AVMA Political Action Committee chair Dr. Eva Evans said, “In 2016, we actually had more members donate than the previous year and raised more money, so it was a great year for the PAC. This past election cycle, we raised $300,000 that we were able to use in Washington, D.C., to further our causes.”
In 2017, the PAC is reaching out to veterinary students at every university by providing them with “the AVMA PAC party in a box.” Dr. Evans said it’s basically a prepackaged box they can take back to their school with pizza lunches and dinners, designed to help them spread the word about the PAC to other students.
Strategy aligned with budget
Catherine Peskuski, AVMA director of strategy, gave the basics of the Association’s strategy management process, saying it’s important that the Association have the financial support to successfully execute projects chosen through this process.
Focusing on fewer things that more members want is part of that process, said Dr. Douglas Kratt, vice chair of the House Advisory Committee. “Ultimately,” he said, “the process ensures AVMA delivers value for our members, both new and existing.”
AVMA Treasurer Barbara Schmidt said, “Our top strategic goals are to improve member retention and to improve member satisfaction” across all segments of the profession. “To accomplish these goals, we are aligning strategic activities and their desired outcomes with our budget.”
She recapped the four areas of focus chosen by the Board that best deliver member value: advocacy and public policy, accreditation and certification, economics, and membership value. “These areas will serve as the radial point, the very center, from which we’ll build our member-centric business plan,” she said.
“We have now developed a three-year strategic operating plan as our road map for the Board. Key performance indicators will help us understand how we are performing.”
| ||AVMA president-elect candidate Dr. John de Jong presents a campaign address at the leadership conference.
Projections are that for the 2016 fiscal year, the AVMA will realize more than $970,000 in net operating revenue, $2.8 million in strategic expenses from the AVMA reserves, and investment revenue of $1.5 million. The AVMA has recognized an investment gain exceeding $5.2 million since October 2013, when it adopted a more aggressive asset allocation policy and hired Bernstein Global Wealth Management as its investment adviser, Dr. Schmidt said. Since 2008, the Association has grown its reserves by nearly $15 million.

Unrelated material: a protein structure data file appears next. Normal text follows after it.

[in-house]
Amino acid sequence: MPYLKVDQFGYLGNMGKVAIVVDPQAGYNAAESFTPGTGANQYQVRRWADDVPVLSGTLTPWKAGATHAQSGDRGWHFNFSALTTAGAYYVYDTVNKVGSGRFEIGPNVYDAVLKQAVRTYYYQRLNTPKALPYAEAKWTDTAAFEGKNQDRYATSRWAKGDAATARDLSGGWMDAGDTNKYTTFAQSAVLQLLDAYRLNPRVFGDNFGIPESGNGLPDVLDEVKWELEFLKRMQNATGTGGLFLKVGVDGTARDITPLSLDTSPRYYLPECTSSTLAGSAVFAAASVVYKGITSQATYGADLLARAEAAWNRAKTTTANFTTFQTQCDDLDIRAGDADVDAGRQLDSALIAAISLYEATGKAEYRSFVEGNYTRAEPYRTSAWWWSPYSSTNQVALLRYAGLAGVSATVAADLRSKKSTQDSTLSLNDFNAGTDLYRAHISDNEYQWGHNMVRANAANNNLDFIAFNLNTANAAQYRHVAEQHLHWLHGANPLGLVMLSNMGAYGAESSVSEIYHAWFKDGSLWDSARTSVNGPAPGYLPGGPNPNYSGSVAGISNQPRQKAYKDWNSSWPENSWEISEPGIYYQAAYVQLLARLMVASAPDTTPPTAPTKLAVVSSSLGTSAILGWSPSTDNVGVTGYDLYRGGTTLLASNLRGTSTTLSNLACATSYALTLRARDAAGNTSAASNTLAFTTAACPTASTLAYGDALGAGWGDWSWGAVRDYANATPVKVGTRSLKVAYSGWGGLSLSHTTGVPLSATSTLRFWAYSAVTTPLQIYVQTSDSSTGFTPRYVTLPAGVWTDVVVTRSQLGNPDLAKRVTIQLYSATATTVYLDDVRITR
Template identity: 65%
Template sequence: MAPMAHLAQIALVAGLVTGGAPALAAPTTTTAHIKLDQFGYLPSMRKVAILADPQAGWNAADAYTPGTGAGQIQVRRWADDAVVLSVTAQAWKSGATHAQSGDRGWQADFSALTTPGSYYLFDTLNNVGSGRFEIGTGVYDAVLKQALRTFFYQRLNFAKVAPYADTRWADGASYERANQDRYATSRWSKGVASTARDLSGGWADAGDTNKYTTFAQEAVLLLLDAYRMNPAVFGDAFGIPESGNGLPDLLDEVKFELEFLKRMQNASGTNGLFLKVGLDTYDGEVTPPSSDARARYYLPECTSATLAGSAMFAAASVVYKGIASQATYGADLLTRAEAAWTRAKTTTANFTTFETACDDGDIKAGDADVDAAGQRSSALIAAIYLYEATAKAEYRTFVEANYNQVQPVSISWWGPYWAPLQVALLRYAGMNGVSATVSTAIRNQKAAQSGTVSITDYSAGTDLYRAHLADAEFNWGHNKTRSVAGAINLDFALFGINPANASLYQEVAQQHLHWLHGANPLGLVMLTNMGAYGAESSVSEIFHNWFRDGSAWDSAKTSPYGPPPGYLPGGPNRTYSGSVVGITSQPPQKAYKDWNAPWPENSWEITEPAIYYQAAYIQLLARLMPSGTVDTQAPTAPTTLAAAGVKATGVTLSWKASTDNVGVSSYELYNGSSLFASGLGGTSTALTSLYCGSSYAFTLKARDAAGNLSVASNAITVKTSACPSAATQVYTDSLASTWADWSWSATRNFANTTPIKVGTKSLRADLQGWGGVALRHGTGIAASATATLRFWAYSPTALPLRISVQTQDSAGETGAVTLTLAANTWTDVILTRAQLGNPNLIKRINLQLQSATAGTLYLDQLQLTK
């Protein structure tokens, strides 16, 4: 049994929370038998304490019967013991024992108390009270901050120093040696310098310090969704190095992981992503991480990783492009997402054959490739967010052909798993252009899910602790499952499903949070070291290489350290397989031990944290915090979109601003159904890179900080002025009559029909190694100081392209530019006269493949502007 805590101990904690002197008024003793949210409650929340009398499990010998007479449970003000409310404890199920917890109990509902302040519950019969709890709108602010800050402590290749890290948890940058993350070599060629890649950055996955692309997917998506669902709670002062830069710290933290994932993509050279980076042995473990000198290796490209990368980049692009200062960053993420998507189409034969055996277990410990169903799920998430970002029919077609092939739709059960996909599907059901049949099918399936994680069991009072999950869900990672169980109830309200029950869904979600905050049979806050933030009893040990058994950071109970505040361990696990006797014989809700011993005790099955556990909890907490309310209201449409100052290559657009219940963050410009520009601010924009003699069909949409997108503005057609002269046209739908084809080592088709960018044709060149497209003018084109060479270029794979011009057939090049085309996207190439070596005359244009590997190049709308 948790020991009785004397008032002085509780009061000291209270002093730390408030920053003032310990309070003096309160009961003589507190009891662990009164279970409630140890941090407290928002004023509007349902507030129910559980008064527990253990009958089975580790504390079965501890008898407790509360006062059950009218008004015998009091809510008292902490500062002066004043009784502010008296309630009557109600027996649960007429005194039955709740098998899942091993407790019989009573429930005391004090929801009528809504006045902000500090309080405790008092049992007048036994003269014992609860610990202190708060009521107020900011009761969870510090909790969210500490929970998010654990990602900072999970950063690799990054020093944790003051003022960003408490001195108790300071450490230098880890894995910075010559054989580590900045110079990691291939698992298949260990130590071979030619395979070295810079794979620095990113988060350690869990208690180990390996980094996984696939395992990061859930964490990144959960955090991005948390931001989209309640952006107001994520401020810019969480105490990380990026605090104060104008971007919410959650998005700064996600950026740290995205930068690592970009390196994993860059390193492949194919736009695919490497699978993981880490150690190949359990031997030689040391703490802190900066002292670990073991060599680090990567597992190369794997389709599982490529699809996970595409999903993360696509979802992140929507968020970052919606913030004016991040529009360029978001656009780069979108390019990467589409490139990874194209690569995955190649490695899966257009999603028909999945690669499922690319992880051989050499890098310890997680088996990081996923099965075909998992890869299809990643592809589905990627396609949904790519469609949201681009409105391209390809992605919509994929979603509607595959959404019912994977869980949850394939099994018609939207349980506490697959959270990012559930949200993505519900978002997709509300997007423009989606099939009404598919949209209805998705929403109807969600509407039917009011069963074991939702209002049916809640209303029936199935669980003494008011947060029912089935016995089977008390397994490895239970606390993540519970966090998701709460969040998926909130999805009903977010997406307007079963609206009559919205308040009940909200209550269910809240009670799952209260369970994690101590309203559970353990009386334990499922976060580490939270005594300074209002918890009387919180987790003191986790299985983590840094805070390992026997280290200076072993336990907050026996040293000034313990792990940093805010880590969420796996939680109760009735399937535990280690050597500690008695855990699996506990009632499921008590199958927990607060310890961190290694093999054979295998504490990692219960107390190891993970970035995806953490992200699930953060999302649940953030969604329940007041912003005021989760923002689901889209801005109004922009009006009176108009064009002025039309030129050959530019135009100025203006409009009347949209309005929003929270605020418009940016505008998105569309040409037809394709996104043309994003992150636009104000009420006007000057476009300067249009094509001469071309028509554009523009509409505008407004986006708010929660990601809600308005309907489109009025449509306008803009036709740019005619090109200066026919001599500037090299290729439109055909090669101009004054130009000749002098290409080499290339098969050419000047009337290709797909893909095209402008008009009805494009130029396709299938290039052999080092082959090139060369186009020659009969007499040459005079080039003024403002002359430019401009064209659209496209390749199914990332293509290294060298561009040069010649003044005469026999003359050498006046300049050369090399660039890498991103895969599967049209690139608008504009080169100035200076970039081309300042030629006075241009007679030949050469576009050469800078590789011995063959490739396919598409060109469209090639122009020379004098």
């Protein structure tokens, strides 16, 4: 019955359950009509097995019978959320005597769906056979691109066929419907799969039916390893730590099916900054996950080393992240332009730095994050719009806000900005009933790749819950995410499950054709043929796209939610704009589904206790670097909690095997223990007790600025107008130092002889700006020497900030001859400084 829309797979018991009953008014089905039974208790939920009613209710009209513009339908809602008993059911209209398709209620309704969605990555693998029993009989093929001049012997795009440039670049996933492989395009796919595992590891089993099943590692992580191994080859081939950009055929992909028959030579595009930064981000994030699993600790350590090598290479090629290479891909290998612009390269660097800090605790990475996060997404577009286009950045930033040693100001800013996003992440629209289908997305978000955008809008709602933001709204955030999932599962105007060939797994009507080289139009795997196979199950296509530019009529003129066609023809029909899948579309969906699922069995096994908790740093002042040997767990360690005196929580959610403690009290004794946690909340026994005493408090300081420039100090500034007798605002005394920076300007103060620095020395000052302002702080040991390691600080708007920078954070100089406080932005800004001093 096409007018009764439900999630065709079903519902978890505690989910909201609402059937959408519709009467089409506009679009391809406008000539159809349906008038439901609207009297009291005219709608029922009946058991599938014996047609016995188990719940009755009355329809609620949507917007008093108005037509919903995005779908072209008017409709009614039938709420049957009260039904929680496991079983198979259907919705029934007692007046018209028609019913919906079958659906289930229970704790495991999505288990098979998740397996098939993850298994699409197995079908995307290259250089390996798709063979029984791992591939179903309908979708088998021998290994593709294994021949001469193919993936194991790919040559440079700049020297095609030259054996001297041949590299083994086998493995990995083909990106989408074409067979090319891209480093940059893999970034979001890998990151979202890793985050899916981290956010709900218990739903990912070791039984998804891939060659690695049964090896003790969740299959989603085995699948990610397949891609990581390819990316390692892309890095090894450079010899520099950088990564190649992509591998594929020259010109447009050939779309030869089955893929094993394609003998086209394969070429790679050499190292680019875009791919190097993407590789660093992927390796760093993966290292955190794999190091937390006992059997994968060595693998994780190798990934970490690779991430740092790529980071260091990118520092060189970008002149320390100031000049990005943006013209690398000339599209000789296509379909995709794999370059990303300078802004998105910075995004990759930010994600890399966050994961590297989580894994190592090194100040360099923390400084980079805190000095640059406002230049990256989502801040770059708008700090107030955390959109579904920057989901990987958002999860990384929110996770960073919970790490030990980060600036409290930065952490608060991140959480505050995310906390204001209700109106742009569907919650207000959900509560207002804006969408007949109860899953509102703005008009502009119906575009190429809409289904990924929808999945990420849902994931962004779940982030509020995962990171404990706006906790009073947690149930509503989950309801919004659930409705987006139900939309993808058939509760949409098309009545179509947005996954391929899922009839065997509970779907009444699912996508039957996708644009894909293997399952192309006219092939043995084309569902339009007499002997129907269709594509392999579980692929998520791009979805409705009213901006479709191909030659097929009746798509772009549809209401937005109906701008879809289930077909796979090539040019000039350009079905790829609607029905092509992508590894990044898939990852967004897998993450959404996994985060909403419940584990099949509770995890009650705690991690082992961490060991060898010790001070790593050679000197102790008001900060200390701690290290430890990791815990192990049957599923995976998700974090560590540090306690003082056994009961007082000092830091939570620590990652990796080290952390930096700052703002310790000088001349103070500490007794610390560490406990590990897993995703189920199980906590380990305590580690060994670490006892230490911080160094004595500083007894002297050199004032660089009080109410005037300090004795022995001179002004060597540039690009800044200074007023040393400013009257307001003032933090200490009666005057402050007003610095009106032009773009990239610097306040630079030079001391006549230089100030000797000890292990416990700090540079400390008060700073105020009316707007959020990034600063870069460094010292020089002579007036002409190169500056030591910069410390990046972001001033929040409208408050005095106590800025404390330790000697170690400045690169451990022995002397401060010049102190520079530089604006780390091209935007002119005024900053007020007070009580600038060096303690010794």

The 2017 operating budget is a balanced budget with revenue of $36.8 million and expenses of $36.7 million. Strategic operating expenses for 2017 programs are budgeted at $1.3 million from reserves.
Noting that 68 percent of annual revenue is from dues, Dr. Schmidt said the Veterinary Career Center is now one of the largest sources of nondues revenue, and she is hoping to see increases in nondues revenue from various other AVMA products and services also.
Economics and debt
Michael R. Dicks, PhD, director of the AVMA Veterinary Economics Division said, “For 91 months, (the U.S. has) had an expansionary period. Things have been better in the economy, and we see that that’s probably going to happen for the next eight to 12 months, although with a new Congress and a new president ... we might see more legislative changes, and that will (result in) both winners and losers.
“For 80 to 90 percent of Americans, things haven’t gotten better, and that reflects in your ability to extend services. And so, how these policy changes affect those 80 to 90 percent of Americans will be of great interest in the next four years,” he said.
For veterinarians looking for work, this is the first time since 2009 that the number of veterinarians seeking employment is less than the number of jobs, he said. That tight market has led to an increase in starting salaries for new graduates, which he projected will continue to grow as long as there isn’t a recession.
“Unfortunately, the debt that they’ll incur in school will continue to grow faster than that salary, which then leads to an increase in the debt-to-income ratio,” Dr. Dicks said. Fifty-six percent of new veterinarians have a DIR that exceeds 2:1, which will likely force them into an income-based repayment plan, he said.
In 2016, the AVMA released three economic reports, with five more due out in 2017. The economics staff is making the PDF version of each report free to members. Printed copies can be purchased by members and nonmembers through the online store.
“You heard Mike Dicks,” said Dr. Andrew Maccabe, CEO of the Association of American Veterinary Medical Colleges, noting that the AVMA and AAVMC have been working together through the Fix the Debt initiative. “Broadly, it is to reduce debt and increase income,” he said.
Since the Fix the Debt summit last April, the AVMA and AAVMC have led a collaboration of over 100 volunteers from some 30 organizations, with strategic working groups focused on reducing veterinary student debt and increasing new graduate income.
Dr. Caroline Cantner, AVMA assistant director for student initiatives/Western region, touched on a few specific initiatives: financial literacy, advocacy for increased federal student aid, and practice ownership—“dispelling the myth practice ownership isn’t possible because of large debt.”